We have a tiny bit of decking outside the front door, which hides a concrete doorstep and a drain cover, and allows some of the gravel stuck to people's shoes to drop off outside instead of in the hall. There is another small bit of decking at the bottom of some wooden steps down to the lower lawn which I built myself. The Systems Administrator did all the rest but was at that point fed up with building decking and resistant to the idea of doing any more. I am rather proud of my two square yards, which took me ages. I very carefully made sure it was level using a spirit level, and then discovered it did not line up with the steps because they weren't. The steps are currently blocked by the rose 'Paul's Himalayan Musk' and several of the treads have rotted through, so I need to do some pruning and possibly order some wood so that the SA can replace them. I didn't clean that bit of decking, and I didn't clean the most recent bit of deck that the SA built right at the bottom of the garden to provide somewhere shady out of the wind to sit and listen to the cricket on hot days. It could probably do with a scrub in due course.
Decking has the reputation of being slippery. It can be, especially in shade, but I'm not sure it is worse than other hard surfaces. I have nearly gone over on real stone paving in somebody's drive and on a piece of concrete in the car park at the hospital's walk in unit (at least it wouldn't have been far to go if I'd broken anything). Look how they put up signs on the Liverpool Street station concourse when it's been raining warning passengers it is slippery. The designers must have known that the travelling public would tread water in, which makes me think it is simply difficult to find any kind of hard surface that is truly slip resistant when wet. I have compromised on aesthetics and stapled fine grade chicken wire over the way to the bird table and the conservatory door. The owners who have the kind of green oak decking photographed in the pages of Gardens Illustrated must just walk carefully.
Our current decks are made of western red cedar, except for my tiny one that is left over from the days of the previous, inferior timber. Western red cedar is a nice wood, naturally rot resistant, that can be left untreated. It is a slightly vivid orange when new or if varnished, which softens as it weathers to an agreeable soft brown. It is not quite as swanky as the grey of weathered oak, but pretty good. It doesn't look out of place in Essex, a county with no natural building stone. In fact I think it looks more in place than Indian sandstone. The Systems Administrator was originally rather unwilling to let me loose on it with a pressure jet, afraid that I would damage the grain of the wood, but once I'd explained that I really couldn't scrub that much deck by hand I was allowed to use mechanical aid, with instructions to keep the jet moving.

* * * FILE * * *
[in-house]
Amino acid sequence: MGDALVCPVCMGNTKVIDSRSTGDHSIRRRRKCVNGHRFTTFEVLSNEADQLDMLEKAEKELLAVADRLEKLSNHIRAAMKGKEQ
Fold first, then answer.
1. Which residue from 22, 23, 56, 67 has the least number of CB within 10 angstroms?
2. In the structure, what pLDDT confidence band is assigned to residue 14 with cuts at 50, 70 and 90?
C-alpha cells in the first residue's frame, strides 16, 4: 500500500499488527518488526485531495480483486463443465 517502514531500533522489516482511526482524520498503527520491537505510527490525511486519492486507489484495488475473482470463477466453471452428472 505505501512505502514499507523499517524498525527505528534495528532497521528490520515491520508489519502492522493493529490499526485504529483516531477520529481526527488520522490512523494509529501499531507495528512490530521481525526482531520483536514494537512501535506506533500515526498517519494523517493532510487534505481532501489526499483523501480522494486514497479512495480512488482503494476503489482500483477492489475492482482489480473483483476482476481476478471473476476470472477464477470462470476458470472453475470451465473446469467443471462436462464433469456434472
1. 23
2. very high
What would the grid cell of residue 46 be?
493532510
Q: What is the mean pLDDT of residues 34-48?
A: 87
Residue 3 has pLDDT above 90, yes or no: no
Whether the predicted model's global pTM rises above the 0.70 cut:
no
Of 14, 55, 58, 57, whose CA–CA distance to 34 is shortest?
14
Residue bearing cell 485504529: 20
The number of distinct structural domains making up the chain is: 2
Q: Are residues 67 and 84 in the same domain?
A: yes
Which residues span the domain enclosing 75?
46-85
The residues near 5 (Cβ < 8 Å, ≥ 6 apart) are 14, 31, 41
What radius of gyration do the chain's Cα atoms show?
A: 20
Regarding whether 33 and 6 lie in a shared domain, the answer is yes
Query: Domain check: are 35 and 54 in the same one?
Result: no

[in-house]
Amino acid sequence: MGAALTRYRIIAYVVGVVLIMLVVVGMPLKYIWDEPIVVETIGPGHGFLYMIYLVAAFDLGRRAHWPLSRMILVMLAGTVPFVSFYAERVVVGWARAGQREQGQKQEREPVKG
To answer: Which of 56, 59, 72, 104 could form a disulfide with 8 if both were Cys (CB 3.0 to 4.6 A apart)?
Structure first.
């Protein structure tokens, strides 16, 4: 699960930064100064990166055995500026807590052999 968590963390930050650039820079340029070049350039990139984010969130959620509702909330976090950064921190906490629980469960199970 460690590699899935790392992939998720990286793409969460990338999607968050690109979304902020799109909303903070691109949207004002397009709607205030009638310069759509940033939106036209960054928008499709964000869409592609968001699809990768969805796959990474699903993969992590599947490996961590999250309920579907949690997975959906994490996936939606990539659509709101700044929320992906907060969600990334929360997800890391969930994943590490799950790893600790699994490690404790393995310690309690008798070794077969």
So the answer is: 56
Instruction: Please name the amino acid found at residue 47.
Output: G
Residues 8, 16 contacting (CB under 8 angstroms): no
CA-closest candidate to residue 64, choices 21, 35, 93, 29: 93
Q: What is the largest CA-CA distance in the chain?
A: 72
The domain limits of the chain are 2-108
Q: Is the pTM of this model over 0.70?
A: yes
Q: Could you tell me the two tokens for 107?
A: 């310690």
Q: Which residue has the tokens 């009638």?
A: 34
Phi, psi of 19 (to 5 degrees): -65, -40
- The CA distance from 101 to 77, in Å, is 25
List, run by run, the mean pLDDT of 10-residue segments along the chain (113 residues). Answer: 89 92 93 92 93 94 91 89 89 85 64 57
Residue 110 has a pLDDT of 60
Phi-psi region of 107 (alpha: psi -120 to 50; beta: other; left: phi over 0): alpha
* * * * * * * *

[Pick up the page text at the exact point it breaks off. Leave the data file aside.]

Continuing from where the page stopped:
It isn't my favourite gardening task, but it isn't bad either. You get the immediate gratification of seeing the colour of the wood come up strip by strip under your eyes as you blast away the layer of greenish algae and dirt. On the other hand it is a bit like vacuum cleaning. It is noisy, and there are too many cables and hoses. There is the power lead from the house, and the flex that plugs into the power lead, and the big hose from the tap, and the thin hose from the compressor unit to the lance, and when I use them they all get tangled up with each other and my legs. Cleaning around the Hamamelis is particularly fiddly, since they are in fifty-five centimetre terracotta pots and there is no way I am moving them. As I squeezed between them I was very, very careful not to poke myself in the eye.